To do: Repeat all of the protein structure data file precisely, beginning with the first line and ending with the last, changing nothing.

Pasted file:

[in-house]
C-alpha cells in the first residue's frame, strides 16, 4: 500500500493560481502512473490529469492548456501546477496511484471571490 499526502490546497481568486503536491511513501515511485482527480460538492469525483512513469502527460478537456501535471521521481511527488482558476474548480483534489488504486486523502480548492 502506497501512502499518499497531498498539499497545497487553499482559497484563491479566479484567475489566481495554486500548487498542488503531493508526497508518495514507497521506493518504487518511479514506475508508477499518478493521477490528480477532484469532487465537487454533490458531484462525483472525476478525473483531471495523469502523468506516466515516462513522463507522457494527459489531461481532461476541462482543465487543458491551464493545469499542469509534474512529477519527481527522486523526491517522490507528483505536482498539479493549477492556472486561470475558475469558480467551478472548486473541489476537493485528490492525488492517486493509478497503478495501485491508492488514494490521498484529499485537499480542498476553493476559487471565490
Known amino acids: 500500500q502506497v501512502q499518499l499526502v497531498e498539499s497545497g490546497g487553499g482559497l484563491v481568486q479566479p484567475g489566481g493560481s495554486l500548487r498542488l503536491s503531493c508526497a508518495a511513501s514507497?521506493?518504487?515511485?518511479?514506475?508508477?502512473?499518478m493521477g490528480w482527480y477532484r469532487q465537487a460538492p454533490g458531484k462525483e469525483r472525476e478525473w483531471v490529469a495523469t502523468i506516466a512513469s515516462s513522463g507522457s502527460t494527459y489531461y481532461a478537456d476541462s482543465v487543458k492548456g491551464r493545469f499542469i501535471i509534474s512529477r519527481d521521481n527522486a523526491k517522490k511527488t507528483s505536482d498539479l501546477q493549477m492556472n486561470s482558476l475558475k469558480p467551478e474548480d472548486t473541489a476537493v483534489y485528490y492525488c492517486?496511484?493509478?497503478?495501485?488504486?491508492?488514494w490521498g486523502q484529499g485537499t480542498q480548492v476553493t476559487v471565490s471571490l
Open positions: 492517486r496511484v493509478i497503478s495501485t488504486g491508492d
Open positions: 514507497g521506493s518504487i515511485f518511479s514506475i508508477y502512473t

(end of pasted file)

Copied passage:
[in-house]
C-alpha cells in the first residue's frame, strides 16, 4: 500500500493560481502512473490529469492548456501546477496511484471571490 499526502490546497481568486503536491511513501515511485482527480460538492469525483512513469502527460478537456501535471521521481511527488482558476474548480483534489488504486486523502480548492 502506497501512502499518499497531498498539499497545497487553499482559497484563491479566479484567475489566481495554486500548487498542488503531493508526497508518495514507497521506493518504487518511479514506475508508477499518478493521477490528480477532484469532487465537487454533490458531484462525483472525476478525473483531471495523469502523468506516466515516462513522463507522457494527459489531461481532461476541462482543465487543458491551464493545469499542469509534474512529477519527481527522486523526491517522490507528483505536482498539479493549477492556472486561470475558475469558480467551478472548486473541489476537493485528490492525488492517486493509478497503478495501485491508492488514494490521498484529499485537499480542498476553493476559487471565490
Known amino acids: 500500500q502506497v501512502q499518499l499526502v497531498e498539499s497545497g490546497g487553499g482559497l484563491v481568486q479566479p484567475g489566481g493560481s495554486l500548487r498542488l503536491s503531493c508526497a508518495a511513501s514507497?521506493?518504487?515511485?518511479?514506475?508508477?502512473?499518478m493521477g490528480w482527480y477532484r469532487q465537487a460538492p454533490g458531484k462525483e469525483r472525476e478525473w483531471v490529469a495523469t502523468i506516466a512513469s515516462s513522463g507522457s502527460t494527459y489531461y481532461a478537456d476541462s482543465v487543458k492548456g491551464r493545469f499542469i501535471i509534474s512529477r519527481d521521481n527522486a523526491k517522490k511527488t507528483s505536482d498539479l501546477q493549477m492556472n486561470s482558476l475558475k469558480p467551478e474548480d472548486t473541489a476537493v483534489y485528490y492525488c492517486?496511484?493509478?497503478?495501485?488504486?491508492?488514494w490521498g486523502q484529499g485537499t480542498q480548492v476553493t476559487v471565490s471571490l
Open positions: 492517486r496511484v493509478i497503478s495501485t488504486g491508492d
Open positions: 514507497g521506493s518504487i515511485f518511479s514506475i508508477y502512473t